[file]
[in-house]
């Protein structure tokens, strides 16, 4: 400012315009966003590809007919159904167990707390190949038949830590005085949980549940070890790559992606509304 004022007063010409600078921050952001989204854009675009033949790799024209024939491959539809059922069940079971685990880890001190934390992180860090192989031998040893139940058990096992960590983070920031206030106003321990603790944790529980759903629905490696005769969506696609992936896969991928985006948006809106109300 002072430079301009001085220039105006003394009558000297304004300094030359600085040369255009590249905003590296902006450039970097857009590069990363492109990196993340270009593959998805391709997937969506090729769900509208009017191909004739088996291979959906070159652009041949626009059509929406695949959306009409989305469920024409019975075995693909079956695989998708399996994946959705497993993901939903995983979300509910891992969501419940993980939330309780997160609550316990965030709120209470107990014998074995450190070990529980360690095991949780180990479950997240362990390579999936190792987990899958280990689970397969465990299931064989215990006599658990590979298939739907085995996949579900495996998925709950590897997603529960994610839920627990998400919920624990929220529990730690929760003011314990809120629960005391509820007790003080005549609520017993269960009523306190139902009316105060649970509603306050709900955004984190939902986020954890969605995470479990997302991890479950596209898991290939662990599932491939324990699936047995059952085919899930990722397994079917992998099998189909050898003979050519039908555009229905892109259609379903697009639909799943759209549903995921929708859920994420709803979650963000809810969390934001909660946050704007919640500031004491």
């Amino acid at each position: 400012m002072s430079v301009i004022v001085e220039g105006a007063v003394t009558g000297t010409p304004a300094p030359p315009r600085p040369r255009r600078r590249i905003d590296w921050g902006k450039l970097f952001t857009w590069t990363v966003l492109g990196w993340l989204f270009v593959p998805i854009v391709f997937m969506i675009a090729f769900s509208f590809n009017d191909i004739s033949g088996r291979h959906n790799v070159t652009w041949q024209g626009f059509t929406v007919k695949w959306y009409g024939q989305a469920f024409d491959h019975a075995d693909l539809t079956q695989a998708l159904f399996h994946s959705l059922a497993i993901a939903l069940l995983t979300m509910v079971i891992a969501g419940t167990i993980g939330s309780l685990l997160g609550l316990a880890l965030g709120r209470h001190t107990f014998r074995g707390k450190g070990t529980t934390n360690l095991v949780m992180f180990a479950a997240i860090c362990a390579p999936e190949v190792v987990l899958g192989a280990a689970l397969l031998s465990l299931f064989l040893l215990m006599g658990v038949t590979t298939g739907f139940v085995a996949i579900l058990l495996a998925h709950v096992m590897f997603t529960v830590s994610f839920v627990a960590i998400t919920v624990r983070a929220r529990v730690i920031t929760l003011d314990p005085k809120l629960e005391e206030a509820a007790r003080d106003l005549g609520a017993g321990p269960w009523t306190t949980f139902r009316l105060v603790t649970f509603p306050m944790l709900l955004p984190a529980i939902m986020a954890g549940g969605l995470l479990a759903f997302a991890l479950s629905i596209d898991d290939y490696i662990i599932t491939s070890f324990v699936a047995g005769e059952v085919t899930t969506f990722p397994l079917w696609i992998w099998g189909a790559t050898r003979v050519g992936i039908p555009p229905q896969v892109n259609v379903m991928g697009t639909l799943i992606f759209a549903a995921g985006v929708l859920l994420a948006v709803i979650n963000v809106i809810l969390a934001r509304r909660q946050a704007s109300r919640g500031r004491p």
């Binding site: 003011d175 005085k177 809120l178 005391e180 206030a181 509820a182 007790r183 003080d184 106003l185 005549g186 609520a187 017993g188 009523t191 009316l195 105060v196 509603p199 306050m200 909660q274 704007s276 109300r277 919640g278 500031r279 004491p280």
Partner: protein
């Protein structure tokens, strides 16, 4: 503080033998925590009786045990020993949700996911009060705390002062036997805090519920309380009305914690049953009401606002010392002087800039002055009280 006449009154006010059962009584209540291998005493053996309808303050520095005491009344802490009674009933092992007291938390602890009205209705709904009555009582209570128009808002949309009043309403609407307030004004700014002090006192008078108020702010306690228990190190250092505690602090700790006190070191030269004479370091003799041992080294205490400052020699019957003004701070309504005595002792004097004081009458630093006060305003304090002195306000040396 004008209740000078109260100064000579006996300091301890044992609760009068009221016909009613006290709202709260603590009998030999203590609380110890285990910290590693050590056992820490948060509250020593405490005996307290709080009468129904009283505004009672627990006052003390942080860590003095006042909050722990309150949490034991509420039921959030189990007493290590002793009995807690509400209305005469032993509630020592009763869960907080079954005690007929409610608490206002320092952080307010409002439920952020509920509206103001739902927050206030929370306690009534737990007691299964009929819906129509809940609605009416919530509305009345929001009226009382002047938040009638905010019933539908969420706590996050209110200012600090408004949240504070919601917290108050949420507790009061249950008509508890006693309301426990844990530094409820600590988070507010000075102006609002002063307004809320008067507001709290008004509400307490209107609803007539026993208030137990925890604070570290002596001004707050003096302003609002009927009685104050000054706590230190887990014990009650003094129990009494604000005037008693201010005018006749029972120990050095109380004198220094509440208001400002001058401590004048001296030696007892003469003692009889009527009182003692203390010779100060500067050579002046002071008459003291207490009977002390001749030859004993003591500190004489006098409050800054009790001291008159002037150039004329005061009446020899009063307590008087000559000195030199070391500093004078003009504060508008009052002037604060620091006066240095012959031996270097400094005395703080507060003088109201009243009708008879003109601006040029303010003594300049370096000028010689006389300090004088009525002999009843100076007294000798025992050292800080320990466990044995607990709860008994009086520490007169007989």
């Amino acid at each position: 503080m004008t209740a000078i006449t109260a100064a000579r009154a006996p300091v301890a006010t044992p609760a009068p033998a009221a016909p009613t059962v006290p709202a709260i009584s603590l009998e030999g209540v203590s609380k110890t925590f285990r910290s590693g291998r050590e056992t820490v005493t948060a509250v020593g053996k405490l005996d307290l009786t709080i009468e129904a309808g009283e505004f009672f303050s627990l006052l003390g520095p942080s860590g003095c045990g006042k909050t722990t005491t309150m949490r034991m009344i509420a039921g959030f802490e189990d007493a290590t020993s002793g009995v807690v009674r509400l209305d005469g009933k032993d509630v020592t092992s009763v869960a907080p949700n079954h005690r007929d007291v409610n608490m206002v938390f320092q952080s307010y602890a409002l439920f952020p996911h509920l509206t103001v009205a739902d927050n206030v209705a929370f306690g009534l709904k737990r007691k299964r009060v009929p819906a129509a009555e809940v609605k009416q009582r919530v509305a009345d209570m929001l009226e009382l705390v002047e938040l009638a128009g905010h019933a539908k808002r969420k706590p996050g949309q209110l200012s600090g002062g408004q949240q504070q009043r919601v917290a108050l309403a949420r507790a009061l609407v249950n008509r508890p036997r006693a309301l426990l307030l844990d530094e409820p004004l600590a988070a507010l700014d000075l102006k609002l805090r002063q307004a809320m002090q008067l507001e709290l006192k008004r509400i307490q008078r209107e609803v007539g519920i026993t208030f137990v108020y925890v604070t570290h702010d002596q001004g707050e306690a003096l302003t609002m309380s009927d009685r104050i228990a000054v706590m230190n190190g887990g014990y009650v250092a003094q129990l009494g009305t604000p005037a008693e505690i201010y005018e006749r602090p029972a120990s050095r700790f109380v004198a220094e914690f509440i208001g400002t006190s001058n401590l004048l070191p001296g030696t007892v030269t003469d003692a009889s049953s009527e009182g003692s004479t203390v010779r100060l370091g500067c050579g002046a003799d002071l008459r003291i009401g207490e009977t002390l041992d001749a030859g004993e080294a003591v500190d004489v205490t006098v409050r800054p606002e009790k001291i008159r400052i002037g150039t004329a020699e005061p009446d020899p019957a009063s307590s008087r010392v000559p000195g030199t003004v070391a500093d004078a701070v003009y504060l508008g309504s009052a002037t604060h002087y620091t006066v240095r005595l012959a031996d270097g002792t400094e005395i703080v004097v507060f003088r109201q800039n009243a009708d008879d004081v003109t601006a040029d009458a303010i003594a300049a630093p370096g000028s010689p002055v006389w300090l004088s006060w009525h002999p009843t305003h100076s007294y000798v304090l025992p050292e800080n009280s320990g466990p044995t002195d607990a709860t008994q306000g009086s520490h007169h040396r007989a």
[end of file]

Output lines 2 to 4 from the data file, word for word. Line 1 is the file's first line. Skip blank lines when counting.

């Protein structure tokens, strides 16, 4: 400012315009966003590809007919159904167990707390190949038949830590005085949980549940070890790559992606509304 004022007063010409600078921050952001989204854009675009033949790799024209024939491959539809059922069940079971685990880890001190934390992180860090192989031998040893139940058990096992960590983070920031206030106003321990603790944790529980759903629905490696005769969506696609992936896969991928985006948006809106109300 002072430079301009001085220039105006003394009558000297304004300094030359600085040369255009590249905003590296902006450039970097857009590069990363492109990196993340270009593959998805391709997937969506090729769900509208009017191909004739088996291979959906070159652009041949626009059509929406695949959306009409989305469920024409019975075995693909079956695989998708399996994946959705497993993901939903995983979300509910891992969501419940993980939330309780997160609550316990965030709120209470107990014998074995450190070990529980360690095991949780180990479950997240362990390579999936190792987990899958280990689970397969465990299931064989215990006599658990590979298939739907085995996949579900495996998925709950590897997603529960994610839920627990998400919920624990929220529990730690929760003011314990809120629960005391509820007790003080005549609520017993269960009523306190139902009316105060649970509603306050709900955004984190939902986020954890969605995470479990997302991890479950596209898991290939662990599932491939324990699936047995059952085919899930990722397994079917992998099998189909050898003979050519039908555009229905892109259609379903697009639909799943759209549903995921929708859920994420709803979650963000809810969390934001909660946050704007919640500031004491």
């Amino acid at each position: 400012m002072s430079v301009i004022v001085e220039g105006a007063v003394t009558g000297t010409p304004a300094p030359p315009r600085p040369r255009r600078r590249i905003d590296w921050g902006k450039l970097f952001t857009w590069t990363v966003l492109g990196w993340l989204f270009v593959p998805i854009v391709f997937m969506i675009a090729f769900s509208f590809n009017d191909i004739s033949g088996r291979h959906n790799v070159t652009w041949q024209g626009f059509t929406v007919k695949w959306y009409g024939q989305a469920f024409d491959h019975a075995d693909l539809t079956q695989a998708l159904f399996h994946s959705l059922a497993i993901a939903l069940l995983t979300m509910v079971i891992a969501g419940t167990i993980g939330s309780l685990l997160g609550l316990a880890l965030g709120r209470h001190t107990f014998r074995g707390k450190g070990t529980t934390n360690l095991v949780m992180f180990a479950a997240i860090c362990a390579p999936e190949v190792v987990l899958g192989a280990a689970l397969l031998s465990l299931f064989l040893l215990m006599g658990v038949t590979t298939g739907f139940v085995a996949i579900l058990l495996a998925h709950v096992m590897f997603t529960v830590s994610f839920v627990a960590i998400t919920v624990r983070a929220r529990v730690i920031t929760l003011d314990p005085k809120l629960e005391e206030a509820a007790r003080d106003l005549g609520a017993g321990p269960w009523t306190t949980f139902r009316l105060v603790t649970f509603p306050m944790l709900l955004p984190a529980i939902m986020a954890g549940g969605l995470l479990a759903f997302a991890l479950s629905i596209d898991d290939y490696i662990i599932t491939s070890f324990v699936a047995g005769e059952v085919t899930t969506f990722p397994l079917w696609i992998w099998g189909a790559t050898r003979v050519g992936i039908p555009p229905q896969v892109n259609v379903m991928g697009t639909l799943i992606f759209a549903a995921g985006v929708l859920l994420a948006v709803i979650n963000v809106i809810l969390a934001r509304r909660q946050a704007s109300r919640g500031r004491p």
């Binding site: 003011d175 005085k177 809120l178 005391e180 206030a181 509820a182 007790r183 003080d184 106003l185 005549g186 609520a187 017993g188 009523t191 009316l195 105060v196 509603p199 306050m200 909660q274 704007s276 109300r277 919640g278 500031r279 004491p280």